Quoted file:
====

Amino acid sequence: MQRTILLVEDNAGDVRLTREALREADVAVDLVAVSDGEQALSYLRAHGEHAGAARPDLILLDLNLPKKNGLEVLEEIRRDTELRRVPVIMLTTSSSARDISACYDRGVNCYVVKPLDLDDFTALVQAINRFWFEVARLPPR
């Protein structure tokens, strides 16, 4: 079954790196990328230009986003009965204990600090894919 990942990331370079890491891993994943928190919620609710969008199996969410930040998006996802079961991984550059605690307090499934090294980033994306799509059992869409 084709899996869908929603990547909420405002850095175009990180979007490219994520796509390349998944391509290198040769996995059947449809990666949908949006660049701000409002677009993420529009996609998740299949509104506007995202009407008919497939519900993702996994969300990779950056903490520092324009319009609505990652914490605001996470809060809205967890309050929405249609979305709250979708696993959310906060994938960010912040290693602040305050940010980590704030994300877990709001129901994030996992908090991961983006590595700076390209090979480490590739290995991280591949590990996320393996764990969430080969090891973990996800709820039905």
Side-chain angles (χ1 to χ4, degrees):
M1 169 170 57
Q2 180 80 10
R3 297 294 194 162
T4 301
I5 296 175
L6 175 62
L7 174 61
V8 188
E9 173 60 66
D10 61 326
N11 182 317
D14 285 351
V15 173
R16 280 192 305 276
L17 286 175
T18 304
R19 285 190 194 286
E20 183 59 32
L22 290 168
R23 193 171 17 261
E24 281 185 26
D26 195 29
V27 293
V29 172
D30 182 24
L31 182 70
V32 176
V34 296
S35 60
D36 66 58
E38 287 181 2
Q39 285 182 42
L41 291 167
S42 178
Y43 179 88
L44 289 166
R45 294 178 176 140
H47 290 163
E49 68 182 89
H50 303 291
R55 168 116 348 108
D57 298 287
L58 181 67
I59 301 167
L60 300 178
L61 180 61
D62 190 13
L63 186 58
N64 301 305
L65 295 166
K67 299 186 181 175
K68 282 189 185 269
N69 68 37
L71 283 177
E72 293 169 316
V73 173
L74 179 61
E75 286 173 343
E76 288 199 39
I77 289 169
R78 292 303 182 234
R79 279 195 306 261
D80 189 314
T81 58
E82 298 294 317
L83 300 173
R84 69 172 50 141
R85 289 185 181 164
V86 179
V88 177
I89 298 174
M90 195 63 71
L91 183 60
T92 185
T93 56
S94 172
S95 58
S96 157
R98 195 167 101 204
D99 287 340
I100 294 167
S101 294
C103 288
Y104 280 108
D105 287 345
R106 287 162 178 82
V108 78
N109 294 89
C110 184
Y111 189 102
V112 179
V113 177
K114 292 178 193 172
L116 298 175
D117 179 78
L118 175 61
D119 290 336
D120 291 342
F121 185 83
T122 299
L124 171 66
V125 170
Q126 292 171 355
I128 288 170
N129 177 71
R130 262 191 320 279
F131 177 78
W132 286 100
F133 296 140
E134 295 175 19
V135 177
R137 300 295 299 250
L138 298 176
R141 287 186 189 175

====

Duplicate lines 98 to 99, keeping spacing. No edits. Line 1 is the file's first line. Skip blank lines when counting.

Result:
D117 179 78
L118 175 61